February is American Heart Health Month – how are you taking care of yours?

Tips for a healthy heart

Tips for a healthy heart

Romantic hearts may be top-of-mind during the month of February, but it's also a good time to think about heart health. There is nothing romantic about heart disease. The CDC shows that heart disease is the leading cause of death for men, women, and people of most racial and ethnic groups in the United States. Fortunately, there are plenty of precautions that can be taken to help avoid its onset. 

Opt for smart lifestyle choices. Healthy habits like diet choices and exercise can help prevent heart disease. As well, making lifestyle changes, like quitting smoking, eating a colorful range of whole foods, giving up excess sugar, and minimizing stress can help reduce your family's risk of developing risky heart disease.

So, how does a busy family make heart health a priority? Begin by looking in your refrigerator. Families should consume a diet rich in fruits, vegetables, fiber and lean protein to give their hearts everything it needs to power the body.

According to Liz Westinghouse of Saugerties, a registered dietitian, certified dietitian and nutritionist, certified personal trainer and mother of two, everyone should eat their rainbow each day.

"This will always be something that I suggest - eating fruits and veggies of different colors each day will give your body different antioxidants and nutrients, as well as fiber," she said. "Plus, they fill you up."

Cook at home. Cooking foods from scratch may sound time-consuming, but it can help reduce your intake of salt and sugars, which can have an impact on overall health. Encourage kids to eat heart-healthy snacks like fresh fruit and low-fat dairy to keep them full and fueled with good nutrition. 

If your family is accustomed to snacking on foods from commercially prepared packages and eating take-out meals on the regular, plan to switch them for more nutritional options ahead of time.

"Take an hour or two on Sundays to work on prepping some quick eating items for the week," said Westinghouse. "Grill up a bunch of chicken to have on hand. Roast a tray of veggies. Boil up some whole grains like brown rice. Then quickly throw them all together in a bowl with your favorite dressing or sauce."

READ MORE: Easy, wholesome eating for kids

Start by swapping one or two drive-through or convenience-packaged meals a week with dishes made at home. You can also set a goal to try one new fruit or vegetable a week until your family has a go-to list of favorites.

As you and your kids master one change, continue on for the next. It can be hard to get picky eaters to try new things but it's worth it. Remember that slow and steady is the way to go for new habits that contribute to lasting health. 

Make time for movement. Once you have a few healthy swaps under your belt, focus on movement. Not every kid has access to team sports, nor can every family get to the local YMCA or gym. But most families can incorporate extra heart-healthy movements into their days by literally taking small steps. Experts recommend that people engage in at least 30 minutes of aerobic activity a day, five days per week.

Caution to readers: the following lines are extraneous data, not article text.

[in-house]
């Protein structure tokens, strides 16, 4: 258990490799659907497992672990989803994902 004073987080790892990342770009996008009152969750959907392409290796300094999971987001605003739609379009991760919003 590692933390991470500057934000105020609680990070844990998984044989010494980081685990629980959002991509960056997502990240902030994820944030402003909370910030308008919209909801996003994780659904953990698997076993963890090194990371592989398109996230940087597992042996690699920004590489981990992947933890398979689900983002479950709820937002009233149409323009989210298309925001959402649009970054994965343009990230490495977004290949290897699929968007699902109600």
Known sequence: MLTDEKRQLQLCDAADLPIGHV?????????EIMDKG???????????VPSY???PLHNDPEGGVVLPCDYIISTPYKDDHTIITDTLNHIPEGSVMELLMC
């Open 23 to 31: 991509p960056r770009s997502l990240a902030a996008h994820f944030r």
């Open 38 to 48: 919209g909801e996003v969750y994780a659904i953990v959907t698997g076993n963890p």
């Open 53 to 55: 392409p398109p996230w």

Try walking together as a family after dinner one or two nights a week and get the heart pumping. If a weeknight walk through the neighborhood isn't doable, consider loading the family into the car on weekend mornings for walk on local trails, if available. Alicia Gambino of Saugerties is mother of two and fitness instructor at The Sport of Iron in Kingston, who gets her kids out and moving regularly.

"My kids enjoy nature in all seasons," she said. "We hike together as a family at home in our woods and at our favorite local trails. Most recently, their adventurous nature has led us to explore new and more challenging adventures."  

READ MORE: Hudson Valley’s cold-weather hiking spots

When possible, parents should join their kids in heart-healthy sports. Grab a basketball and head to the local park to swish hoops together, show your kids that you've still got it and hit the tennis courts or kick around the soccer ball in the back yard. Not only will your kids get to share something they love with you, but also you will both benefit from the movement.

Start healthy habits early. Even little kids can get in on the benefits of taking care of their health. Put on upbeat dance music for a dance party after dinner or when getting ready in the morning. Kerenza Weaver of Red Hook keeps her little ones active by calling dance parties regularly.

"We dance around the house a lot," she said. "Nothing fancy, just fun, silly dancing, usually to Frozen (soundtrack)." Or, she said, they listen to The Laurie Berkner Band's "kindie rock" and act out songs like Goldfish or We Are the Dinosaurs. 

Pick up a pedometer or fitness tracker for each family member to see how much or how little movement each person gets during the day. Then, set a goal together to fit in more. Making physical activity a family a routine and creating a simple, healthy meal plan are great ways to instill good habits for you and your family's lasting heart health and overall wellness. 

Roxanne Ferber is a mom, blogger and freelance writer living in the Hudson Valley.